By Robin Bairner
There is little glamorous about the anchoring midfield position; there are few opportunities to snatch the headlines by scoring, and chances to really catch the eye by making a despairing last-minute challenge are also infrequent. Indeed, it’s regarded as the only role where its best exponents are most noticed when they are not there.
Claude Makelele has, however, become synonymous with this position, and Sunday marked his final senior appearance as Paris Saint-Germain picked up a 1-1 draw with Saint-Etienne.
In each of his previous two seasons at the Parc des Princes, Makelele had threatened retirement only to perform a u-turn, but his outing at the Stade Geoffroy-Guichard marked his final professional appearance.
For nearly 20 years, Makelele could be found at the top level of the game, starting off with a strong Nantes side and never since ducking out of the spotlight. After cutting his teeth with les Canaris, where he would score more than half his career league goals as a dynamic midfielder unrecognisable to his future self, a year in Marseille provided the foundation for a move to Spain.
Celta Vigo was his first port of call, but it was his transfer to Real Madrid, where he was a key component of the team that won the 2001-02 Champions League, that really represented the midfielder’s ascent to a world class level.
As the Blues hit the height of their form under Jose Mourinho, it was the Frenchman who was quietly providing the glue in their midfield, going about his business in an energetic fashion yet only rarely catching the spotlight. In 213 appearances for the English club, he would score just two goals, and by the time the London outfit reached the Champions League final in 2008 under Avram Grant, his influence at Stamford Bridge had started to wane.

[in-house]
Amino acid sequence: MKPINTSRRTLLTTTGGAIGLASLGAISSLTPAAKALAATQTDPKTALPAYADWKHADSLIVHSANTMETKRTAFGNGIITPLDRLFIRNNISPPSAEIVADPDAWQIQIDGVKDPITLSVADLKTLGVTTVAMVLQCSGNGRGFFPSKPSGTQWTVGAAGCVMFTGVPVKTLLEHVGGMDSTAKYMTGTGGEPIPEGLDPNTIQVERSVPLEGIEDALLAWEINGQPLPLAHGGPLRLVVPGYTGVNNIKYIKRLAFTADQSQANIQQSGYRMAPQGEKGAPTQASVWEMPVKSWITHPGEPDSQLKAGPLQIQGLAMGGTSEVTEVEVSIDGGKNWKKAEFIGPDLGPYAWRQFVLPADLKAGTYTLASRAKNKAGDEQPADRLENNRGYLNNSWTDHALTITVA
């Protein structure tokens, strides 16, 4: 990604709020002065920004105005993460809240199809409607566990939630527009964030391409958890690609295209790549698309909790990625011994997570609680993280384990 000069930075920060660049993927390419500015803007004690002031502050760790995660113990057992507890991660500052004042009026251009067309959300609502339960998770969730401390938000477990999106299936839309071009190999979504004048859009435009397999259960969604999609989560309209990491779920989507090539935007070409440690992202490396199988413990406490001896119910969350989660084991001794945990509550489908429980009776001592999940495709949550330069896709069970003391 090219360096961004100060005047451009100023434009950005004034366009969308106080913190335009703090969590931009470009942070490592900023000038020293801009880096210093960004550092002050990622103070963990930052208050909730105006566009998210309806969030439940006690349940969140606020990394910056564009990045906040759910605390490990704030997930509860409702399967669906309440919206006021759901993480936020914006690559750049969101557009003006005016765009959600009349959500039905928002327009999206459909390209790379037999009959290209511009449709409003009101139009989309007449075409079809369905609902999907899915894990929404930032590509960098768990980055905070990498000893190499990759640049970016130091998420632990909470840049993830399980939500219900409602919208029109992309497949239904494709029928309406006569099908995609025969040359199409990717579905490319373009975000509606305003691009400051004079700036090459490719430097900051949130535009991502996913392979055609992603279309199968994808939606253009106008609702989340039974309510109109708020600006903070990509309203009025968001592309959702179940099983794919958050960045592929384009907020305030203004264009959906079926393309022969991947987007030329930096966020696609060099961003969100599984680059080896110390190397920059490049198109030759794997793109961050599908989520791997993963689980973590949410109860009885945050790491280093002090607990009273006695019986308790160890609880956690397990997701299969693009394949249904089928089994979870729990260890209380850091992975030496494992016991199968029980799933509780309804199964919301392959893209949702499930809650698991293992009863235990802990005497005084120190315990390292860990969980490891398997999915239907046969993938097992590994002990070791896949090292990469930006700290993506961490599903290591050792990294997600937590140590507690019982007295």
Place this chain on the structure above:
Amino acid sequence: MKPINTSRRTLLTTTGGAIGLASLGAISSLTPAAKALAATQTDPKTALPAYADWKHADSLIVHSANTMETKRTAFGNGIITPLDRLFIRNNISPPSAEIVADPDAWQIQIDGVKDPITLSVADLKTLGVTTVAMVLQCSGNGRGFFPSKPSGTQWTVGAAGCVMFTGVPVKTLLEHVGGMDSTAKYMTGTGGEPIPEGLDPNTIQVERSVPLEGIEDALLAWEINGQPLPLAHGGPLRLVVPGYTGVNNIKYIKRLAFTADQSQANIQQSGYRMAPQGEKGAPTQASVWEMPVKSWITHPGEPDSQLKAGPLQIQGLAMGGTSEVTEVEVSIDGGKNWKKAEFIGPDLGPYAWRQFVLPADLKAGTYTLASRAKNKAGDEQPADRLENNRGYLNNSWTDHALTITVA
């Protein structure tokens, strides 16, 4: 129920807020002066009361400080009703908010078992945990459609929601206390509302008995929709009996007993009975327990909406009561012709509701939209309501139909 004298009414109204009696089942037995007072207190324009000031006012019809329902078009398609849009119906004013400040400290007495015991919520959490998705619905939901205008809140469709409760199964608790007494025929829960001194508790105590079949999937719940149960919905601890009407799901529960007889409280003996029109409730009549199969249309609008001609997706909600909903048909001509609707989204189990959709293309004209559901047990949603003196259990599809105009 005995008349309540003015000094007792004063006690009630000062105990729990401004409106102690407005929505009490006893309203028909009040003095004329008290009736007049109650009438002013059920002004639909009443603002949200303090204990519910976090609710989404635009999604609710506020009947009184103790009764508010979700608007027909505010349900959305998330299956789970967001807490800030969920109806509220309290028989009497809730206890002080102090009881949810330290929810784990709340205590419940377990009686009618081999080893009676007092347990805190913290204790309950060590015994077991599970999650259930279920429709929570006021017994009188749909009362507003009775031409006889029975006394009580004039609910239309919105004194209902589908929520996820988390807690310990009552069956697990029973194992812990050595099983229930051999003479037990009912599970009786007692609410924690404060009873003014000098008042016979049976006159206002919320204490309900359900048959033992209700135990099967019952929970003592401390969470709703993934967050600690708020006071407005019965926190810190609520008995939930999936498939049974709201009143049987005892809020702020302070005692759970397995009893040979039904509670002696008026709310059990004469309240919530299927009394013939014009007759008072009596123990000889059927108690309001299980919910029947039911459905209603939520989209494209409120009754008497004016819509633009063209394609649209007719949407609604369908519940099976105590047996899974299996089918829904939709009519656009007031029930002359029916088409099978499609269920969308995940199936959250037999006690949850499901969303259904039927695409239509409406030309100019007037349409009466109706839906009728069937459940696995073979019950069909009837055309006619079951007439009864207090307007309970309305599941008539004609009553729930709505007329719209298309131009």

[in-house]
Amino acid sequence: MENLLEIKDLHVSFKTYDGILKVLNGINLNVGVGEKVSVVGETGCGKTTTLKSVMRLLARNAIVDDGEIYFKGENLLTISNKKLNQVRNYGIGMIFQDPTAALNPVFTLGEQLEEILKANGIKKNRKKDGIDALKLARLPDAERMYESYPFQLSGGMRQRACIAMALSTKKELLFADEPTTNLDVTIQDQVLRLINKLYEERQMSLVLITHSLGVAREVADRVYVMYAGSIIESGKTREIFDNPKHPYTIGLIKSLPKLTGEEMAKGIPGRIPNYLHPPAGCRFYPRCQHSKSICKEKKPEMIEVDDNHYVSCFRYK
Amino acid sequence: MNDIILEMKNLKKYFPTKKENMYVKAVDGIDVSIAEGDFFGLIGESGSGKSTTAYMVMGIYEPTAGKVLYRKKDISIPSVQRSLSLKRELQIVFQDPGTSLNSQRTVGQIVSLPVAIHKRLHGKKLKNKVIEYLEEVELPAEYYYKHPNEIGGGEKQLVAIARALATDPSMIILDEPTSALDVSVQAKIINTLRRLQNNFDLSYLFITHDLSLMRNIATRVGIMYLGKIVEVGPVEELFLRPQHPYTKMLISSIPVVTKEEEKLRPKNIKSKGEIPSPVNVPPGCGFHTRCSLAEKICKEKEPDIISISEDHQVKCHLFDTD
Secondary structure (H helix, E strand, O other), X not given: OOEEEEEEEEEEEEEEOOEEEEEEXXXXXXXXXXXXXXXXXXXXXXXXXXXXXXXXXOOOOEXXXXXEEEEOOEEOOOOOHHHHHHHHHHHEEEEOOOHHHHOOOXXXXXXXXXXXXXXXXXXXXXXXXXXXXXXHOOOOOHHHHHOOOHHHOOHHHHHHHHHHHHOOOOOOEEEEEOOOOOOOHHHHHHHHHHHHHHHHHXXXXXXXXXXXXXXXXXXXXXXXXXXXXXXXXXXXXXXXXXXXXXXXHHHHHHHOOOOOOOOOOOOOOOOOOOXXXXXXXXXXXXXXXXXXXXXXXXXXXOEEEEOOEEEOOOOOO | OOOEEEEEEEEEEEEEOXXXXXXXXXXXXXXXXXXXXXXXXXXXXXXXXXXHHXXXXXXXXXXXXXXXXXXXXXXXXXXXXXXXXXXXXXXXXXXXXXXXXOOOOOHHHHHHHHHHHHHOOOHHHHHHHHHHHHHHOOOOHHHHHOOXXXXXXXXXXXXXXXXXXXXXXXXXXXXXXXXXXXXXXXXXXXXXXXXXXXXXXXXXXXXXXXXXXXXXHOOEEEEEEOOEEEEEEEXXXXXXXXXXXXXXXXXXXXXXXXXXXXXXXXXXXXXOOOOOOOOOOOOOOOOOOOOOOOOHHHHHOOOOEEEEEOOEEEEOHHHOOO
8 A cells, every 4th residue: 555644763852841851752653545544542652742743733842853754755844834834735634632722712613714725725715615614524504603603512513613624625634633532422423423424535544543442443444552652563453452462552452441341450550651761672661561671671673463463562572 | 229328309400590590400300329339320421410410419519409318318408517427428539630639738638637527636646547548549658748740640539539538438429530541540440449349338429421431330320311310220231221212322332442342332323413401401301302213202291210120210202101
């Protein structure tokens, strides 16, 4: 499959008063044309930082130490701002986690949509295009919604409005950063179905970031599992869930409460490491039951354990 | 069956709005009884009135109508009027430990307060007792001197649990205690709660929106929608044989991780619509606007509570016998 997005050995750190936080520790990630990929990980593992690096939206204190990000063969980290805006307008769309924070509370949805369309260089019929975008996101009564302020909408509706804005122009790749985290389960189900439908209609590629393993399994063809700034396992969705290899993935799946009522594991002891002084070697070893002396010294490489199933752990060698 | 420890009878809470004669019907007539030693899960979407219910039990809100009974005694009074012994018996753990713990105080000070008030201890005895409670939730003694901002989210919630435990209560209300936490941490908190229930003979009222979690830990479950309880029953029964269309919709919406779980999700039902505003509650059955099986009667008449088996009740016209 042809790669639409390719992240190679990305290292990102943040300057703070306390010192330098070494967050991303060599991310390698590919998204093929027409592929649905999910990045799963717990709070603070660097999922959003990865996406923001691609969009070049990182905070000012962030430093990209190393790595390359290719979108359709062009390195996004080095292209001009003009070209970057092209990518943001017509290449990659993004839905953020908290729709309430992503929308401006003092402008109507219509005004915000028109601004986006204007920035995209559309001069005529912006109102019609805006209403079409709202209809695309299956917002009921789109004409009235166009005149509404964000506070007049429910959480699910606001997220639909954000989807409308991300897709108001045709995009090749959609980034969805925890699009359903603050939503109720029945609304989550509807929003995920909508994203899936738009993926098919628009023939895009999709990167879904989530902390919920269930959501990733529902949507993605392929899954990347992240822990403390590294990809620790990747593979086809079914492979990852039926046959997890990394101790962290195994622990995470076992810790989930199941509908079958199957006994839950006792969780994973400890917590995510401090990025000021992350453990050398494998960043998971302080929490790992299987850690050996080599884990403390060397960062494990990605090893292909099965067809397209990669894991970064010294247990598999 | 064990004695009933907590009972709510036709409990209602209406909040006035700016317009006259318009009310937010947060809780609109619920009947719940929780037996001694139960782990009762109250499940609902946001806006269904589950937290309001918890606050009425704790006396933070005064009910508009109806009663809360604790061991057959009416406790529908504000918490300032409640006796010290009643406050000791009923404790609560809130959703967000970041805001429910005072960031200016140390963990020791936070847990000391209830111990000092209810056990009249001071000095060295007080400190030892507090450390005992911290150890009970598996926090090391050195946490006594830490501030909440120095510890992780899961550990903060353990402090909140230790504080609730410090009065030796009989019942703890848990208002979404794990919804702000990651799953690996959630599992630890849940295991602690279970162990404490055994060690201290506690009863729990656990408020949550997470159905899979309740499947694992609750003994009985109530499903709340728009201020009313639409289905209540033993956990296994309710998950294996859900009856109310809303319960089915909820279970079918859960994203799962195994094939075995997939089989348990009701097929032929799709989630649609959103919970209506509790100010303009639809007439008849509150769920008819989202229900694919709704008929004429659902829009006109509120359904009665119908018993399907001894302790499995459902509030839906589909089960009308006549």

Aged 34, he took the opportunity to return to France with Paris Saint-Germain, the city where he moved from Zaire as a four-year-old. Even at such a late stage in his career, he was able to exert a terrific influence on the capital side, using his experience and intelligence to make up for any physical deficiencies.
PSG, like the other clubs the midfielder joined, enjoyed something of a renaissance, the culmination of which would arrive on Sunday if they were able to overhaul Lyon’s two-point advantage, to claim a spot on Le Championnat’s podium and subsequently reach the Champions League.
|CLAUDE MAKELELE | Club-by-club league record
With Qatari investors ready to buy the Parc des Princes club, there is a new era on the horizon for les Rouge et Bleu, but there can be little doubt that an important chapter in the French game as a whole will be brought to a close when Makelele finally hangs up his boots on Sunday.
In some ways, the Kinshasa-born player was unlucky to be born in an era of greatness in France, missing out on the victorious World Cup squad of 1998 and the equally successful European Championship side of 2000 due to the presence of the great Didier Deschamps. That he accrued over 70-caps during a 12-year long stint with les Bleus during which they were regarded as one of the world’s elite teams was in itself testament to his abilities.
Makelele is not a player who will be remembered for any symbolic moments in the game, but he has instead made his mark in history by attaching his name to a position now considered vital in the modern era.
Though his efforts on Sunday evening were not sufficient to earn PSG a place in the Champions League next season - Lyon took that honour - Makelele has managed to re-establish PSG as one of France's great clubs; an achievement he will take as much pride in as any other.